End Of Thread.
3. New Developer; Apache Patch
21 Feb 2000 - 23 Feb 2000 (9 posts) Archive Link: "Another User!"
People: Neal H Walfield, Adam Farrell
Adam Farrell made a blanket offer to help on any aspect of Hurd development. He invited everyone to email him with anything that needed doing. Neal H Walfield welcomed him aboard, gave a link to the Task List (http://www.debian.org/ports/hurd/hurd-devel-tasks) , and added, "Feel free to polish that off. Then you can check the debian bug tracking system for bugs on all of the hurd specific packages."
Adam had also announced, "BTW i created an apache patch for 1.3.11 to compile under HURD, and will email it upon request." Jens Sander screamed with delight, and wanted the patch immediately. Adam gave a link to it (ftp://ftp.unixpower.org/pub/hurd) .
4. Next Regular IRC Meeting
22 Feb 2000 (2 posts) Archive Link: "Next IRC chat... cannot transcript."
People: Adam Farrell
This was first covered in Issue #35, Section #1 (4 Feb 2000: Regular IRC Meetings For Debian Hurd) . Bodor Denis reported that he wouldn't be able to record the next regular IRC session because he'd be at CEBIT, and asked if someone else could do it and send the transcript to him. Adam Farrell offered to do it, although he hadn't heard about the chat sessions and was intrigued. There was no reply on the list.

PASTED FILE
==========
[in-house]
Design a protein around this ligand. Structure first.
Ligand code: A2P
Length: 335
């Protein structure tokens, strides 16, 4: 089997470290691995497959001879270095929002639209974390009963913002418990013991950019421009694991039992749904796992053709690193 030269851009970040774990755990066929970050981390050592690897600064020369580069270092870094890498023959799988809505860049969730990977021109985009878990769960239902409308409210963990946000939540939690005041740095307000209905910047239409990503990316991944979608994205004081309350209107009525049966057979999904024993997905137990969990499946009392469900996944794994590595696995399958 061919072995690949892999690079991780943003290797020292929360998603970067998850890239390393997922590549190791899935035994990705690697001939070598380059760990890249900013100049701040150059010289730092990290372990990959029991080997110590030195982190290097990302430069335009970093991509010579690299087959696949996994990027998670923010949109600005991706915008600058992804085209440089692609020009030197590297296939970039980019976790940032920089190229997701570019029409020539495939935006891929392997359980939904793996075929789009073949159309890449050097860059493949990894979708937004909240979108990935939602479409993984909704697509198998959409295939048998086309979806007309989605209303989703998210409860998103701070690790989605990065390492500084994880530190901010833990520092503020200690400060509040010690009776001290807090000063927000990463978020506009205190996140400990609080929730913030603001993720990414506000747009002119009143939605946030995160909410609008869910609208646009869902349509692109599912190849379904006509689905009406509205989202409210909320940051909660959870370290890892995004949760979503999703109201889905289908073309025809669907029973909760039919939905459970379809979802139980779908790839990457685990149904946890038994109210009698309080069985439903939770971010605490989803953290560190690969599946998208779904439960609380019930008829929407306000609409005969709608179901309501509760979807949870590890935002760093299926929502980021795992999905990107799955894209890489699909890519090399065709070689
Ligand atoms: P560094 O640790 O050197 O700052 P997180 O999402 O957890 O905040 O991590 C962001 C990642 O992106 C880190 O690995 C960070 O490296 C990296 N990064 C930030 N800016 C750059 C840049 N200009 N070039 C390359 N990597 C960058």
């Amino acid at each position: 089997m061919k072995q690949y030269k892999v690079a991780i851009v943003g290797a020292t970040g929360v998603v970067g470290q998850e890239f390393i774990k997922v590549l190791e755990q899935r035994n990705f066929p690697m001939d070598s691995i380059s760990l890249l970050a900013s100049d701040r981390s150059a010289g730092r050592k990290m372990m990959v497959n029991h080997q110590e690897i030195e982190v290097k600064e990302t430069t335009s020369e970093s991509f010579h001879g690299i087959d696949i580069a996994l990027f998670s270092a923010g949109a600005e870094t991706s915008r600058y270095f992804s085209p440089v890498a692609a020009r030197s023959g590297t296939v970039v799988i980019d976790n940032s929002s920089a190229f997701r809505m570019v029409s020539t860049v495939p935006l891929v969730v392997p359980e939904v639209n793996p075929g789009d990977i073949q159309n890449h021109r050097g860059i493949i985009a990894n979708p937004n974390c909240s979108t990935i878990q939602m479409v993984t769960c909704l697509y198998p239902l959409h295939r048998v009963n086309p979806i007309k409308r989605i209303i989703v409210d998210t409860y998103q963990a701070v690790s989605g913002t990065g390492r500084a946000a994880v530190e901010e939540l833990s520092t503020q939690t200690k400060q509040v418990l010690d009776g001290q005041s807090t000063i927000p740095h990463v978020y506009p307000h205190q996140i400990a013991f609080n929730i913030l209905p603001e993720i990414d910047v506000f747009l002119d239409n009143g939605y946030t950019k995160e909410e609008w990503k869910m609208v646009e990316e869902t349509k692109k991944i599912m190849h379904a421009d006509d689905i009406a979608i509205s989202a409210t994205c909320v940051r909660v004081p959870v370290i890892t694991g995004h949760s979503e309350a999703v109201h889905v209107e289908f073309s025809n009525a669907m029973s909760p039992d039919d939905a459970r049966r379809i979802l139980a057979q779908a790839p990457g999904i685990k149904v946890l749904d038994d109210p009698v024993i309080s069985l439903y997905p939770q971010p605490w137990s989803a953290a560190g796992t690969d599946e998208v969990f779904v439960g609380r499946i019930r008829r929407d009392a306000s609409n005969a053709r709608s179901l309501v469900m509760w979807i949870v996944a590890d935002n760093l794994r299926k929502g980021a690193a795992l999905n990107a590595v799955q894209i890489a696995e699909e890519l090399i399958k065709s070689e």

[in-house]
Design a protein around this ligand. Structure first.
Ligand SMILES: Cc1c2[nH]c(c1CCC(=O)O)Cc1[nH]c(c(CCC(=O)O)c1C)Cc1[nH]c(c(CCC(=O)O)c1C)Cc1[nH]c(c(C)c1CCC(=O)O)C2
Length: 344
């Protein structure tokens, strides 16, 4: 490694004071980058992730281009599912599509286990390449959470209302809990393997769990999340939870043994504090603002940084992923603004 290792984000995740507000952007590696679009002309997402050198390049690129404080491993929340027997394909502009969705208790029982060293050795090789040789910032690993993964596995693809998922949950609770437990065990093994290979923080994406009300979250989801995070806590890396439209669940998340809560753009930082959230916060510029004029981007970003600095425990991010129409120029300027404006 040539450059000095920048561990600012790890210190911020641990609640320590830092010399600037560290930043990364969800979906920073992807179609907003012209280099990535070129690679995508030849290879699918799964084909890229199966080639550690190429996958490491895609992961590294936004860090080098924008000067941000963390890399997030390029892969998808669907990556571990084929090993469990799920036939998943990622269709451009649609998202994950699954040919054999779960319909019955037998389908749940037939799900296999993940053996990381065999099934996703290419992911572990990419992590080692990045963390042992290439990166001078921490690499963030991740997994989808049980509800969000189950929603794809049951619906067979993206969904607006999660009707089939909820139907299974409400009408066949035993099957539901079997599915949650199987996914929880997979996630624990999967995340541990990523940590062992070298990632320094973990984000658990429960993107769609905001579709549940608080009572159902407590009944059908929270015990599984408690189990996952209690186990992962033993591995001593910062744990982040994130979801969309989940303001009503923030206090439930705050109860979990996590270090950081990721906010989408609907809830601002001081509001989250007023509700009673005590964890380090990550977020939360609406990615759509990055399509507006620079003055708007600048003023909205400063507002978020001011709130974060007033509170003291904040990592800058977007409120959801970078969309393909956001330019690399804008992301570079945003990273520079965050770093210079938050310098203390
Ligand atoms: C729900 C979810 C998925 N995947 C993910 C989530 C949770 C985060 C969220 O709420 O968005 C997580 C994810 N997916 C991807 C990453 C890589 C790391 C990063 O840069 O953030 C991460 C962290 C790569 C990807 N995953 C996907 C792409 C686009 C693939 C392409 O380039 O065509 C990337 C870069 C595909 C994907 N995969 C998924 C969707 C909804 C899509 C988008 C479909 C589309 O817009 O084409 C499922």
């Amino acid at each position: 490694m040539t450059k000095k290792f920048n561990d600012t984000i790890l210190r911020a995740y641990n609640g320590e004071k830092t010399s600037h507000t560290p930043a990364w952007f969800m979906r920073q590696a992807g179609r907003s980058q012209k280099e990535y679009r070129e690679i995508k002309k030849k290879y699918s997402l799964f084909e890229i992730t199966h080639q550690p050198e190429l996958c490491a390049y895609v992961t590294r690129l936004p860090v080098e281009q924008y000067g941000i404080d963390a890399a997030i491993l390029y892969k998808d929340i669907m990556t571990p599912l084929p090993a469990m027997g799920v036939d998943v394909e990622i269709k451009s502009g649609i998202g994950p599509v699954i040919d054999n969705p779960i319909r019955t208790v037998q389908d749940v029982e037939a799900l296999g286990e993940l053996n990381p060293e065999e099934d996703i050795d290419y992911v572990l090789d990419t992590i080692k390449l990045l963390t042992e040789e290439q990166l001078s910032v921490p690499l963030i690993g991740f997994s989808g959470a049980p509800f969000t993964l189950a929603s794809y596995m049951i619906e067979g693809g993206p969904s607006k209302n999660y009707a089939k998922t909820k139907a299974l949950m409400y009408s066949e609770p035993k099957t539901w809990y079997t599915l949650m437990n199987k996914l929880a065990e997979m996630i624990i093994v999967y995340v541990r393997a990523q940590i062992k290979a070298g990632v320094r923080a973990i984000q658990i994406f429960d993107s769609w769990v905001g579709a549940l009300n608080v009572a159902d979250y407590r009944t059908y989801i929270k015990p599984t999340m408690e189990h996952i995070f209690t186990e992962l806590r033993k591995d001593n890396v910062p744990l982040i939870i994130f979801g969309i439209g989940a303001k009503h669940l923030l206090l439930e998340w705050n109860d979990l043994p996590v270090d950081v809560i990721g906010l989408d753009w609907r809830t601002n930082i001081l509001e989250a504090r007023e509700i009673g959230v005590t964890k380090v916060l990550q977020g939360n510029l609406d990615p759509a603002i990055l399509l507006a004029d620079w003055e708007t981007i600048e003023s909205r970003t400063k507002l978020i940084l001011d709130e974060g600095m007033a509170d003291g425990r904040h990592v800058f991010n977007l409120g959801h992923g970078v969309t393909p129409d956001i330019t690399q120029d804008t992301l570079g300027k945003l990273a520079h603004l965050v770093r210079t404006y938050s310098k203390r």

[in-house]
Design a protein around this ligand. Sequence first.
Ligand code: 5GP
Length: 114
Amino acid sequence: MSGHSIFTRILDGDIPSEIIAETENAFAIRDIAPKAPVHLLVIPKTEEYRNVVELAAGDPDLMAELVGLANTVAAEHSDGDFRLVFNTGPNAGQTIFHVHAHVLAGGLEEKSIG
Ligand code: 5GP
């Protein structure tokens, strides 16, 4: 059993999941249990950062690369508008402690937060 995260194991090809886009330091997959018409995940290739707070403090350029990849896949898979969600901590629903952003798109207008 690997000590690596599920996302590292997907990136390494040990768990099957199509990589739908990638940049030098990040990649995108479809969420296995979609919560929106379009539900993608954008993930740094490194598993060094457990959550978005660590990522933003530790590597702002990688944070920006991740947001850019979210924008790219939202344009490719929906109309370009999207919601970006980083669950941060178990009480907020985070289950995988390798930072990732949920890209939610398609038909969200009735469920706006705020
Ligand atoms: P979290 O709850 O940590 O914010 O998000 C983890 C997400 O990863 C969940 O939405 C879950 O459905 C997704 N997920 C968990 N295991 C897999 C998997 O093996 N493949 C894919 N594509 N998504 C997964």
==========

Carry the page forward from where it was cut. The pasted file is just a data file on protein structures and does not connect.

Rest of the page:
5. Developer Difficulties
23 Feb 2000 (2 posts) Archive Link: "A stable setup"
People: Igor Khavkine, Roland McGrath
Igor Khavkine was having a terrible time doing development for the Hurd. He complained, "With my current setup it's nearly impossible to build anything. For example if I want to build gnumach, I have to run the configure script something like 3 times to make sure it doesn't fail at some point, and then running make produces a flurry of errors due to random single character changes in input files. Note these changes are not permanent since viewing the "corrupted" files does not reproduce these changes, plus they are different every time. As a result I have not even been able to rebuild gnumach, I haven't even tried to build something new." Roland McGrath replied that this was unlike any known problem he was aware of. In particular, the only data-corruption problems he'd heard of involved chunks of zero blocks, which didn't sound like what Igor was reporting. He asked Igor for some more detailed reports, but there was no reply.